Wondering what a changemaker looks like? Meet Evan Avila. He’s a quiet powerhouse who -- in only his junior year -- had already presented his research and ideas to D.C. policymakers and given back to the Baltimore community to the tune of $800,000 in tax refunds through his work with the UMBC Volunteer Income Tax Assistance program.
To top it all off, Evan was named a 2019 recipient of the distinguished Harry S. Truman Scholarship, which awards about one $30,000 scholarship per state to an undergraduate student who, “demonstrates outstanding potential for and who plans to pursue a career in public service.”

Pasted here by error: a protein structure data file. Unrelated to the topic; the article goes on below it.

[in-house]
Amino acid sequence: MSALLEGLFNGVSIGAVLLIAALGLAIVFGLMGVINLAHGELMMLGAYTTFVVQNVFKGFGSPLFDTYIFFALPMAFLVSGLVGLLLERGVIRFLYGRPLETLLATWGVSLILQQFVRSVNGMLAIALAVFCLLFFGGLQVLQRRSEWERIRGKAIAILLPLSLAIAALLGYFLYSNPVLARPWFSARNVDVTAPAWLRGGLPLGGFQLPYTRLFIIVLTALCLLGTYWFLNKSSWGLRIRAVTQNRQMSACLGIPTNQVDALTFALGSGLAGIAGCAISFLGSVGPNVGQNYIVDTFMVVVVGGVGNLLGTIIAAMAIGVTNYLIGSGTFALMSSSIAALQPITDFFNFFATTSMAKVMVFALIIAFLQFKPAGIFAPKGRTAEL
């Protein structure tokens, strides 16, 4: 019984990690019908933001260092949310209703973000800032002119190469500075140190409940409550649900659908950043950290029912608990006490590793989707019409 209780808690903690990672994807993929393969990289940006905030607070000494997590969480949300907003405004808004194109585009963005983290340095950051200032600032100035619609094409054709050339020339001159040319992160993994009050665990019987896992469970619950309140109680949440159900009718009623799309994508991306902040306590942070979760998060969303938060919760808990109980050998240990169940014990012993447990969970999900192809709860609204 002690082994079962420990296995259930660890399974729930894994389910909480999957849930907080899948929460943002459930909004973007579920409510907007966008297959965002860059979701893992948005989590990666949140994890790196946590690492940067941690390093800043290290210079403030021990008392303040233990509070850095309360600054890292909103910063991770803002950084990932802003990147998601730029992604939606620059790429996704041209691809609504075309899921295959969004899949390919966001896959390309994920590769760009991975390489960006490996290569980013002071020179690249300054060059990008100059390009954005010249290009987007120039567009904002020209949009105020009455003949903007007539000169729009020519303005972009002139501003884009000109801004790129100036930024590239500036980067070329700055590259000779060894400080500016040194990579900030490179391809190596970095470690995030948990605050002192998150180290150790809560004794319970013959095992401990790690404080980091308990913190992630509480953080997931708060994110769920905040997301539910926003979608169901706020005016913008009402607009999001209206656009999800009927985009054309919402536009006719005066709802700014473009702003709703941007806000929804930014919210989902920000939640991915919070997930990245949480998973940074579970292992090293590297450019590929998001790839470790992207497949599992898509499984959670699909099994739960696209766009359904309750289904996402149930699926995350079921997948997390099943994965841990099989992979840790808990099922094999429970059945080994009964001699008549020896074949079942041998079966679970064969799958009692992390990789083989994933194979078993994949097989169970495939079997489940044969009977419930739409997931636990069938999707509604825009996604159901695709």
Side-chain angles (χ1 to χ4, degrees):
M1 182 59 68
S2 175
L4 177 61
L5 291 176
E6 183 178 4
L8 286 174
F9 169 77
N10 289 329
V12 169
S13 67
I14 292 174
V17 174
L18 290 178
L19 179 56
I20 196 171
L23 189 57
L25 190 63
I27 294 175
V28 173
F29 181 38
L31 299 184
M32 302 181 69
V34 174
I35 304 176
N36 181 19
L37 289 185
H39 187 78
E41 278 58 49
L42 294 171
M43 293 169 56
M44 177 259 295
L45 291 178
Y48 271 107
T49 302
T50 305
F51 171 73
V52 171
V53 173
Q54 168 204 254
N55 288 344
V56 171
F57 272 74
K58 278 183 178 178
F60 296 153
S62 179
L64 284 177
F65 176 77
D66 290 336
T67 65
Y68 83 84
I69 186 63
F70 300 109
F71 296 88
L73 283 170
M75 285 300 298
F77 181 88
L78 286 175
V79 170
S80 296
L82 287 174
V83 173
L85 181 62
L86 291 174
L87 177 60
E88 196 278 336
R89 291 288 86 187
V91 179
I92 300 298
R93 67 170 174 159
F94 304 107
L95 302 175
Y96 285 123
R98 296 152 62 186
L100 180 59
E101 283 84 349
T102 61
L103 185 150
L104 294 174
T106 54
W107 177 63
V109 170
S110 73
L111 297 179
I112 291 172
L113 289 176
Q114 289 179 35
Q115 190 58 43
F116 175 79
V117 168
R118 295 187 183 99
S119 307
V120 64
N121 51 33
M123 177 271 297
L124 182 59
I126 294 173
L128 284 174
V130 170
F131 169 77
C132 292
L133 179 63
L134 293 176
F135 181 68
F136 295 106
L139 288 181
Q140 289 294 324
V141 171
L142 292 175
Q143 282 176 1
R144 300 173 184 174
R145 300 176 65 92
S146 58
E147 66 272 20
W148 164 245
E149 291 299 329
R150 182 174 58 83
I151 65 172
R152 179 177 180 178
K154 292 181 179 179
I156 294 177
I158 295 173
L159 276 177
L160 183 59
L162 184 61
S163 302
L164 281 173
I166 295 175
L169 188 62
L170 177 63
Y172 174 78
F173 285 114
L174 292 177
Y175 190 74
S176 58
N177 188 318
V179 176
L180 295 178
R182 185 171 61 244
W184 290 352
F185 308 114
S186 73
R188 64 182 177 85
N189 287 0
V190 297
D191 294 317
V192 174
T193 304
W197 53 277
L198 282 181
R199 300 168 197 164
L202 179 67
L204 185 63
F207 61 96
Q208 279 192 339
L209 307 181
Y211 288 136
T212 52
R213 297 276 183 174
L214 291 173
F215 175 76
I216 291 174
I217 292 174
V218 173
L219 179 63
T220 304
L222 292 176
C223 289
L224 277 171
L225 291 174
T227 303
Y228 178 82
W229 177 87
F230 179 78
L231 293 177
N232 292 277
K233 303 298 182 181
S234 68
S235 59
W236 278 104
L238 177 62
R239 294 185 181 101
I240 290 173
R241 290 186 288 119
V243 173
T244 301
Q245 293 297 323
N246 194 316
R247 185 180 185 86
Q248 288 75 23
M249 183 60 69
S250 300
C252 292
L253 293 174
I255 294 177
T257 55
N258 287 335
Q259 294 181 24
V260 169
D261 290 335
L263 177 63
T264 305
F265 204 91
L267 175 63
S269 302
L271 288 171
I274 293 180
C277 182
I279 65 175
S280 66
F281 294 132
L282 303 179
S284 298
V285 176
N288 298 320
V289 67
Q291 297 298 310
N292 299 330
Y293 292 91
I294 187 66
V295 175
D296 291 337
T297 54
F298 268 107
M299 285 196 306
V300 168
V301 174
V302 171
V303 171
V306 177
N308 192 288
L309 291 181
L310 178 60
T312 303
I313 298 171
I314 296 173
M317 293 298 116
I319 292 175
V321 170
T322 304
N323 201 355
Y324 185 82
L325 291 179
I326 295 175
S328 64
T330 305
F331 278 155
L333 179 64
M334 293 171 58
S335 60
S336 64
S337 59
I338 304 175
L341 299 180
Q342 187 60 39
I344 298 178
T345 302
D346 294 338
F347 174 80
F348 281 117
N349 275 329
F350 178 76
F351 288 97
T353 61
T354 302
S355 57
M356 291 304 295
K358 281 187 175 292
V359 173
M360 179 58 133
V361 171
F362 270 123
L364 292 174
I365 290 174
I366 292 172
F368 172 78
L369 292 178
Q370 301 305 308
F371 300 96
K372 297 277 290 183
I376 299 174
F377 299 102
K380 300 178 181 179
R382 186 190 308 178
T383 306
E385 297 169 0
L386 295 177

Evan’s work is motivated, in no small part, by his own experiences. “I came from a Peruvian and Mexican household. I saw how hard my parents worked and the challenges they faced to have financial security,” he explains. “In college, I see my peers trying to make sense of personal budgets, savings, loans, credit, and retirement. It is very rewarding to help people be financially literate and understand the laws and policies that affect their wallet.”
What’s most incredible is Evan’s hard work and dedication to making this all happen. He’s been making real change all while juggling a full class schedule alongside teaching and research assistantships as well as an on-campus job, internships, and volunteering. And he says he’s been able to do it all because of the community he found at UMBC.